Barabin et al v. Albany International Corp et al

Filing 650

ORDER denying Plaintiff Geraldine Barabin's 645 Motion for Extension of Time to Complete Discovery, signed by Judge James L. Robart. (TH)

Download PDF
1 2 3 4 5 6 7 UNITED STATES DISTRICT COURT WESTERN DISTRICT OF WASHINGTON AT SEATTLE 8 9 GERALDINE BARABIN, as Personal Representative for the Estate of HENRY BARABIN, deceased, 10 11 12 Plaintiff, CASE NO. C07-1454JLR ORDER DENYING MOTION FOR EXTENSION OF DISCOVERY CUTOFF v. 13 14 ASTENJOHNSON, INC., et al., 15 Defendants. 16 I. INTRODUCTION 17 Before the court is Plaintiff Geraldine Barabin’s motion to extend the discovery 18 cutoff date. (Mot. (Dkt. # 645).) Defendants Scapa Dryer Fabrics, Inc. (“Scapa”) and 19 AstenJohnson Inc. (“AstenJohnson”) opposes this extension. (Scapa Resp. (Dkt. # 646); 20 AstenJohnson Resp. (Dkt. # 647).) Having considered all submissions, the balance of the 21 record, and the applicable law, the court DENIES the motion. 22 // ORDER - 1 1 II. BACKGROUND 2 On March 29, 2017, the court set a case schedule for this retrial, with the 3 discovery cutoff for November 26, 2017, the dispositive motions deadline on December 4 22, 2017, and trial commencing on March 26, 2018. (3/29/17 Order (Dkt. # 643).) On 5 September 15, 2017, Ms. Barabin disclosed to Defendant AstenJohnson and Scapa 6 (collectively, “Defendants”) the witnesses she intended to call at the retrial, including an 7 expert witness, Dr. Carl Brodkin, whom she had called to testify in the original trial. 8 (Mot. at 2; Good Decl. (Dkt. # 645-1) ¶¶ 3-4.) Defendants indicated on September 20, 9 2017, that they would like to depose all expert witnesses offered by Ms. Barabin. (Mot. 10 at 2; Good Decl. ¶ 11.) On September 26, 2017, Ms. Barabin contacted Dr. Brodkin to 11 schedule a deposition but learned that Dr. Brodkin was unavailable until December 19, 12 2017. (Mot. at 2; Good Decl. ¶ 16.) Because this date falls after the discovery deadline 13 of November 26, 2017, Ms. Barabin filed the instant motion for extension of the 14 discovery deadline. (See generally Mot.) 15 16 III. ANALYSIS Ms. Barabin argues that an extension is warranted because Dr. Brodkin’s 17 preexisting commitments and unavailability constitute the good cause required by Federal 18 Rule of Civil Procedure 16(b)(4) to modify the case schedule.1 (Mot. at 3); see Fed. R. 19 Civ. P. 16(b)(4). Scapa and AstenJohnson respond that Ms. Barabin has not shown that 20 1 21 22 Upon reply, Ms. Barabin raises Federal Rule of Civil Procedure 60(b)(1). (Reply (Dkt. # 648) at 3-5.) This rule was not raised in Ms. Barabin’s motion (see Mot.), and thus, the court will not consider this new argument raised only in reply, see Zamani v. Carnes, 491 F.3d 990, 997 (9th Cir. 2007). ORDER - 2 1 Dr. Brodkin’s unavailability was unforeseeable, nor has Ms. Barabin shown that she was 2 diligent in ascertaining Dr. Brodkin’s availability. (Resp. at 2.) 3 A case schedule may be modified only for good cause and with the judge’s 4 consent. Fed. R. Civ. P. 16(b)(4). Rule 16’s “good cause” standard primarily considers 5 the diligence of the party seeking the extension, and a case schedule will only be 6 modified “if it cannot reasonably be met despite the diligence of the party seeking the 7 extension.” Fed. R. Civ. P. 16 advisory committee notes (1983 amendment). The focus 8 of this inquiry is on the moving party’s reasons for seeking modification. Johnson v. 9 Mammoth Recreations, Inc., 975 F.2d 604, 609 (9th Cir. 1992). “If that party was not 10 diligent, the inquiry should end.” Id. “[C]arelessness is not compatible with a finding of 11 diligence and offers no reason for a grant of relief.” Id. 12 Here, Ms. Barabin has not shown diligence. In the first trial, Dr. Brodkin was both 13 deposed by Defendants and called as a witness; indeed, Ms. Barabin concedes that she 14 understood Dr. Brodkin to be “imperative” for the retrial. (Mot. at 2.) Ms. Barabin thus 15 knew, for the last few years since the case was remanded for retrial, that Dr. Brodkin 16 would need to be made available. Moreover, she knew for the last six months that the 17 discovery deadline would be in November of this year. (See 3/29/17 Order.) And yet, 18 Ms. Barabin did not ascertain Dr. Brodkin’s availability until the end of September. (See 19 Good Decl. ¶¶ 15-16.) Dr. Brodkin’s unavailability now does not render Ms. Barabin’s 20 efforts—or lack thereof for the many preceding months—diligent. Because Ms. Barabin 21 was not diligent in adhering to the trial schedule, the court denies her request for an 22 extension of the discovery deadline. See Johnson, 975 F.2d at 609. ORDER - 3 1 Although the court need not consider the existence or degree of prejudice to 2 Defendants, see id., the court observes that pushing the discovery deadline to December 3 20, 2017, as requested by Ms. Barabin would run into the dispositive motions deadline on 4 December 22, 2017. As Defendants state, drafting a Daubert motion to address Dr. 5 Brodkin’s testimony, or incorporating Dr. Brodkin’s testimony in a motion for summary 6 judgment, would be “impossible” in just two or three days. (Resp. at 2.) 7 Because Ms. Barabin has not established the required showing of diligence, and 8 because an extension of the discovery deadline would affect the remainder of the trial 9 schedule, the court denies Ms. Barabin’s motion for an extension.2 10 11 12 13 IV. CONCLUSION The court DENIES Ms. Barabin’s motion for an extension of the discovery cutoff date (Dkt. # 645). Dated this 20th day of October, 2017. 14 15 A 16 JAMES L. ROBART United States District Judge 17 18 19 20 21 The court’s denial of Ms. Barabin’s motion for an extension is not in any way a determination of whether Dr. Brodkin’s testimony would be excluded from the retrial. 2 22 ORDER - 4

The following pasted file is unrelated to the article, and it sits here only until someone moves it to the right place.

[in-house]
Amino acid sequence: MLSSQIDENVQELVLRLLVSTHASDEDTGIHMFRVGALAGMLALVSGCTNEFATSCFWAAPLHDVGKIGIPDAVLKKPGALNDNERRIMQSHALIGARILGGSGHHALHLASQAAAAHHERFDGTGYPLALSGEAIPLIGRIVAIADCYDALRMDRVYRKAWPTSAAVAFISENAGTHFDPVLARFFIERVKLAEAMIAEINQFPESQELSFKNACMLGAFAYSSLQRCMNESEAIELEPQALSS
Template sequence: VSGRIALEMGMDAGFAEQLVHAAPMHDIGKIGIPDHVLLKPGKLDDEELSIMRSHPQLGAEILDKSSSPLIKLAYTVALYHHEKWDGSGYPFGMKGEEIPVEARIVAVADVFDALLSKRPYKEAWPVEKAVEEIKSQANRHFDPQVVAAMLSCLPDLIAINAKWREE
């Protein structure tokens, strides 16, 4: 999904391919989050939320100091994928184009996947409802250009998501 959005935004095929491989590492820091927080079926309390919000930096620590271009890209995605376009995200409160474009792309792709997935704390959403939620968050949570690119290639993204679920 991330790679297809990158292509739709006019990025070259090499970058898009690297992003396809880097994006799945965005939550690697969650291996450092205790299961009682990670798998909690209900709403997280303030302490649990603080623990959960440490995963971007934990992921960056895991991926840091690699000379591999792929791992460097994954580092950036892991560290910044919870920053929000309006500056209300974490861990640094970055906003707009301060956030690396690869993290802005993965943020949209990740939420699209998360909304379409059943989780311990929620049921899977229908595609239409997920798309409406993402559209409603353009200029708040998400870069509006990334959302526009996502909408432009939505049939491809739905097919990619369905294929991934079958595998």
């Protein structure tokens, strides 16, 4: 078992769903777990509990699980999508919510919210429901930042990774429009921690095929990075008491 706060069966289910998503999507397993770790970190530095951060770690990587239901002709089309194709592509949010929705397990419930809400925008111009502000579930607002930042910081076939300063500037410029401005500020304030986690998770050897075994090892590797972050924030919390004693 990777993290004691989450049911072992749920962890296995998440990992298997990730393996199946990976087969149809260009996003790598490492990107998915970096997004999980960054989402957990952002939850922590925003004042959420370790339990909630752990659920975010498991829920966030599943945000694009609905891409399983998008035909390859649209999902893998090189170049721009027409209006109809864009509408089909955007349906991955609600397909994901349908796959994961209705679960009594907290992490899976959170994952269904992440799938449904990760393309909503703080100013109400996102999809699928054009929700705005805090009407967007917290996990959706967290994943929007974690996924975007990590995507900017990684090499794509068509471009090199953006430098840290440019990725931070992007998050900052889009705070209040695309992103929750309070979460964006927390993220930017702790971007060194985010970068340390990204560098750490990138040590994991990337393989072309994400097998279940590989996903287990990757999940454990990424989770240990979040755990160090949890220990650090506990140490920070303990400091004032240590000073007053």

Disclaimer: Justia Dockets & Filings provides public litigation records from the federal appellate and district courts. These filings and docket sheets should not be considered findings of fact or liability, nor do they necessarily reflect the view of Justia.

Why Is My Information Online?